Editor’s note: Jordan Hale ’15 has been a Student Adviser or House Coordinator for three years. She responds here to our Dec. 16 Op-Ed, “Proposed SA Rules Could Send Self-Governance Up in Smoke.”

The GUM published an article before winter break titled “Proposed SA Rules Could Send Self-Governance Up in Smoke,” authored by an anonymous group of ‘concerned students.’ The article was misleading and sent students the wrong message about what is actually going on in Student Affairs. The authors painted a picture of residence life that originally likened it to the events in Ferguson, claiming that SAs are becoming enforcers rather than resource providers and community-building peers. It is important for the general campus community to recognize that exactly the opposite is in fact happening. The events of last semester in Residence Life actually re-affirm self-governance and the role of student staff as peers, and not police.

When SAs were charged with informing an RLC about the presence of marijuana on their floors, the vocal and immediate pushback from Student Advisers reaffirmed how much they (and the House Coordinators) value their jobs, self-governance, and the relationship between student staff and residents. The other potential change mentioned in the article was occasional walks through residence halls. These were not intended as an enforcement task, but were rather an attempt to help students and their SAs be more connected. This was proposed with the goal of helping SAs do a better job within their role as it currently stands. Many SAs and HCs, including myself, have pushed back on this idea for a few reasons.

The concept of us approaching our residents first, rather than the other way around, runs contrary to the general way Grinnell works, i.e. office hours for SGA and town hall meetings. We also correctly anticipated that students would react negatively to the idea of “rounds,” just as the December article did. Given the student body’s eagerness to destroy any perceived or real threats to our liberty, this reaction was to be expected, despite the positive intention with which the policy was proposed. Other SAs and I have suggested that instead, we have regular SA office hours, or even tea times, for groups of floors in order to increase our accessibility. This would function in a manner more in line with general Grinnell practice, and allow students to seek out help and resources when they need them.  At the moment is seems that Student Affairs realizes that our proposal is the best route to take and they are unlikely to implement the “rounds.”

Last semester’s article is correct about the problem that a policing approach would pose, but it has not yet happened, and it can still be prevented. It was irresponsible for a group of anonymous students to send an unclear message. The original article has damaged student trust in SAs and HCs, and may make students less likely to ask for confidential help when they need it.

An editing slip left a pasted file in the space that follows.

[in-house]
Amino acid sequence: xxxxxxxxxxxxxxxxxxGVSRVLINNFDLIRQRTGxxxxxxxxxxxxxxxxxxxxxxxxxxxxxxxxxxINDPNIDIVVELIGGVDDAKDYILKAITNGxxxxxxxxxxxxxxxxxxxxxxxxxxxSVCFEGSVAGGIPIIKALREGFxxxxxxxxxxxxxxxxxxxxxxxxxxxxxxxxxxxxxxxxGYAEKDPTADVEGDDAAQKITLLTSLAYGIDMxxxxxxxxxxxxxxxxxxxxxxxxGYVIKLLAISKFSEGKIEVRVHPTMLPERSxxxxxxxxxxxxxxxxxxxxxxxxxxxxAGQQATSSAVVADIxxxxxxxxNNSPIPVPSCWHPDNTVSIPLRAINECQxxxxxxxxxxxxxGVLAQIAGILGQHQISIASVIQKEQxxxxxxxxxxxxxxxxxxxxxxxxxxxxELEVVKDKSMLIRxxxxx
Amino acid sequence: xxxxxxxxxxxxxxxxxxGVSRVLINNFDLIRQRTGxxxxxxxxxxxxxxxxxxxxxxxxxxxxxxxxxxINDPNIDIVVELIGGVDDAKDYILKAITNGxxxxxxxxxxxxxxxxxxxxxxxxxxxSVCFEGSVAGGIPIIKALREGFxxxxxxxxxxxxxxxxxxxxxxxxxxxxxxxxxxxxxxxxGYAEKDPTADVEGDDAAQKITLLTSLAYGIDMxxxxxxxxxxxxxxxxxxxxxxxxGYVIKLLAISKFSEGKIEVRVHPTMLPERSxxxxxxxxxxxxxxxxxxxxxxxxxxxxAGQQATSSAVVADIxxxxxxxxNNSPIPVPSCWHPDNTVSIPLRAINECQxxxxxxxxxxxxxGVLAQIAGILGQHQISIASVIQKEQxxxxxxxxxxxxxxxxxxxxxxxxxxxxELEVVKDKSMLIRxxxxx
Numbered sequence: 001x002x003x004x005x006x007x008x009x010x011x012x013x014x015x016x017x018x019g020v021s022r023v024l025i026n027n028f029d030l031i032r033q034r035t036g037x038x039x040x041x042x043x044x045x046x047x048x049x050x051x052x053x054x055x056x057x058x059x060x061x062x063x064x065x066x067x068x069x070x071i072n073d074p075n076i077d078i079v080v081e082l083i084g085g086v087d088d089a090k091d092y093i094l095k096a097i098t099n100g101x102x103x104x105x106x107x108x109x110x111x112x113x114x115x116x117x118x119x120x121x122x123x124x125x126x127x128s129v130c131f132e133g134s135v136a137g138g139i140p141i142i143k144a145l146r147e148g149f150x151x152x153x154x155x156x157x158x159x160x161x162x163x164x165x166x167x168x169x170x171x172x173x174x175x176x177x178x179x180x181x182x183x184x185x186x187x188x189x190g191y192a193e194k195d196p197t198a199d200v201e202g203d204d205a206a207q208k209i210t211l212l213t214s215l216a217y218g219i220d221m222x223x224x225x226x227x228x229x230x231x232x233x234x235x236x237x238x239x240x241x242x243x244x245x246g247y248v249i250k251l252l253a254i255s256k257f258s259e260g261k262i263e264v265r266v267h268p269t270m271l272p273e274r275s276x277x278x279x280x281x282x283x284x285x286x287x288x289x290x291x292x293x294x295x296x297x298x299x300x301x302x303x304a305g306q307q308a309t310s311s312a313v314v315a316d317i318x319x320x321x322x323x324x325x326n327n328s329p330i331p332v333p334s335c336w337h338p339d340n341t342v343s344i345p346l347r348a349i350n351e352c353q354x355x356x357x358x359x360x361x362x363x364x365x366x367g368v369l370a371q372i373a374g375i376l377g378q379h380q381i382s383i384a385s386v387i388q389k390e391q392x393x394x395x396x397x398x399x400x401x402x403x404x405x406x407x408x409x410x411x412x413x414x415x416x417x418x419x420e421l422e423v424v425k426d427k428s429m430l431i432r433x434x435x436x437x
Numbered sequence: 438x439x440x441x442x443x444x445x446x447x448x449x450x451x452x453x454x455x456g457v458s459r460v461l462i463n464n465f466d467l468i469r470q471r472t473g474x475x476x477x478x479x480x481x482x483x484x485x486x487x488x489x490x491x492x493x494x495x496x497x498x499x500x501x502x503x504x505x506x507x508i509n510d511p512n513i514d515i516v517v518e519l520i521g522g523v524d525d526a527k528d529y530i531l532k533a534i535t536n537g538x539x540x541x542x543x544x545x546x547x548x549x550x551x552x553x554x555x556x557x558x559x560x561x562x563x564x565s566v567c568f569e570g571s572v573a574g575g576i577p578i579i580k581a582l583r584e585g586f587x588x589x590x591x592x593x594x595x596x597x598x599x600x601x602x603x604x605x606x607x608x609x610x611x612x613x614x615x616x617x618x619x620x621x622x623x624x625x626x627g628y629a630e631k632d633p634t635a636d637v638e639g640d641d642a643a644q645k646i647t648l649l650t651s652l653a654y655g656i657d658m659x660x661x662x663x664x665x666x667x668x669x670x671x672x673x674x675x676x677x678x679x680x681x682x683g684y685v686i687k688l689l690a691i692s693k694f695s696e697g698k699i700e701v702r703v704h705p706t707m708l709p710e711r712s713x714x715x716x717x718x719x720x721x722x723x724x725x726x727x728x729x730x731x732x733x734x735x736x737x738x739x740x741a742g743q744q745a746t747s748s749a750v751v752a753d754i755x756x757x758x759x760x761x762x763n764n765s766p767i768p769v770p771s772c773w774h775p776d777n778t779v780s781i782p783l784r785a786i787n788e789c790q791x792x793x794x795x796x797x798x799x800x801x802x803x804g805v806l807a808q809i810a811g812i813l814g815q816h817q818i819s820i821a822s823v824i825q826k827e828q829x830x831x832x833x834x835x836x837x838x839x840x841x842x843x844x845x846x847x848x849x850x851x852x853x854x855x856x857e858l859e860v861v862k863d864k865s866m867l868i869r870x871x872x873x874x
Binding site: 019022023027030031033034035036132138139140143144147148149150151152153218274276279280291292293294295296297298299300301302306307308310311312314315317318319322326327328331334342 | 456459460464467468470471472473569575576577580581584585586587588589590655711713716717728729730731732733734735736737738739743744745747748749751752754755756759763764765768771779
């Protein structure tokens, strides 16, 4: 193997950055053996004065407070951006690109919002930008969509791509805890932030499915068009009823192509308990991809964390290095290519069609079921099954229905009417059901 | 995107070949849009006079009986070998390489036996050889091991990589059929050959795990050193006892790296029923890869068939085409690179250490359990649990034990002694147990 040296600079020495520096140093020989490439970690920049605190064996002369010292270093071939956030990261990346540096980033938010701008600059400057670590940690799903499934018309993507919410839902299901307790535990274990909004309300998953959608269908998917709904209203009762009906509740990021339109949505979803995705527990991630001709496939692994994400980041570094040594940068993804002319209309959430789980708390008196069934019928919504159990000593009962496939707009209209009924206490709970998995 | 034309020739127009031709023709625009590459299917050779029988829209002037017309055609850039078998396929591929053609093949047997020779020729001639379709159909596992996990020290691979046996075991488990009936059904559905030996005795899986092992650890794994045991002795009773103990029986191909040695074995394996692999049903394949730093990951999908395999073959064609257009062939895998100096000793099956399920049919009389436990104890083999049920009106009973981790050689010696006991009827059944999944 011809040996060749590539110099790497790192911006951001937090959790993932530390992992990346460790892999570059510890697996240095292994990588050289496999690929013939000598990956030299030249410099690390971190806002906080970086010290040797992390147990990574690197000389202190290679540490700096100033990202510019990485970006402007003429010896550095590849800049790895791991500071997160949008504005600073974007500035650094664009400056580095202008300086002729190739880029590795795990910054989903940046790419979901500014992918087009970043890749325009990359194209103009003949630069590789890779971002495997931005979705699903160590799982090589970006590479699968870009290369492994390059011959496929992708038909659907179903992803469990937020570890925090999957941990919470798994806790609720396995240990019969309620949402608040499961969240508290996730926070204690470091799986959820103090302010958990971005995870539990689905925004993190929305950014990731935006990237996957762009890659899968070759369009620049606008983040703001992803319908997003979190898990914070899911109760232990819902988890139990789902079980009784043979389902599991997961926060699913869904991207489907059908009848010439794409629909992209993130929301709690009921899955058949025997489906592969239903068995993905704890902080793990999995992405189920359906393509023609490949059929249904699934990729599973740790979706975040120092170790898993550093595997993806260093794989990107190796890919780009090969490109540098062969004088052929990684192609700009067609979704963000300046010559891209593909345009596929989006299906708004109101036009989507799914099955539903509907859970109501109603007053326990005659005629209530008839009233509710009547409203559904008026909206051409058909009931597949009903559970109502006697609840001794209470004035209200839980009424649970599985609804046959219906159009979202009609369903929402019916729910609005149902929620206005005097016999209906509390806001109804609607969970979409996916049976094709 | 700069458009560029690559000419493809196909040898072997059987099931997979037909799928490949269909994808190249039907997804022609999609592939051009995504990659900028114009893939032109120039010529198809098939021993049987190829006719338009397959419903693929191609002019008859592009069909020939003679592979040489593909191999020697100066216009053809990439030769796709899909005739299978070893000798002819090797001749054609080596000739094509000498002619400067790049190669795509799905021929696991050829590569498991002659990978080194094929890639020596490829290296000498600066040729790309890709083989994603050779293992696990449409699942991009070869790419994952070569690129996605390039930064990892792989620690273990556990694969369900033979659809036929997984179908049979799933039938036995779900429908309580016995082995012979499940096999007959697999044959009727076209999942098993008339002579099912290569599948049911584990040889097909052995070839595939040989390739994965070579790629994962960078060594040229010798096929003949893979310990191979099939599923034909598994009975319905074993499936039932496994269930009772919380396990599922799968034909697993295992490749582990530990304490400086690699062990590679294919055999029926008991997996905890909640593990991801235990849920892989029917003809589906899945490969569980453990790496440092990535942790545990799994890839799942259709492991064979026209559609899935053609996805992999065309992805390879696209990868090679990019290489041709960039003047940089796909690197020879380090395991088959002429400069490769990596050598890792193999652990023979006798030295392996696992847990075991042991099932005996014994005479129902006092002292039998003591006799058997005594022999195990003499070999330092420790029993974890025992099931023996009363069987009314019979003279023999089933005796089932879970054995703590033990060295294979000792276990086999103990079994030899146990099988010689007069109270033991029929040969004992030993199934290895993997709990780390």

Since the fall semester of 2012, student staff members have experienced significant changes to our numbers, organization, and even pay. What has remained the same is our passion for being a safe, private resource for students. We recognize that we cannot possibly do this if we are required to reveal students’ substance use to law enforcement. The administration has historically respected this as our role, but with this year’s massive personnel transition within Student Affairs, this balance must once again be struck.

If Residence Life wants to change the policy next year to include reporting on marijuana in the SA job description, that expectation will be reflected in the contract that the new SAs and HCs sign after student staff selection this spring. If that is the case, it should be cause for great concern among students because it will pose a threat to self-governance at Grinnell. It would mean an end to the current practice of students confidentially reaching out to SAs, HCs, and RLCs where substances are concerned.

SAs will have the option not to sign the contract if that becomes a part of their job expectations. Most current student staff would likely not sign such a contract. Furthermore, this particular change would indicate that student staff is comprised of people who joined student staff not to help students, but because they were incentivized by pay and a single room. Grinnell College in general, and especially the professional staff of Residence Life, should be very concerned about that prospect. Until that point, it is intentionally misleading to claim that Residence Life is turning student staff into a disciplinary police force.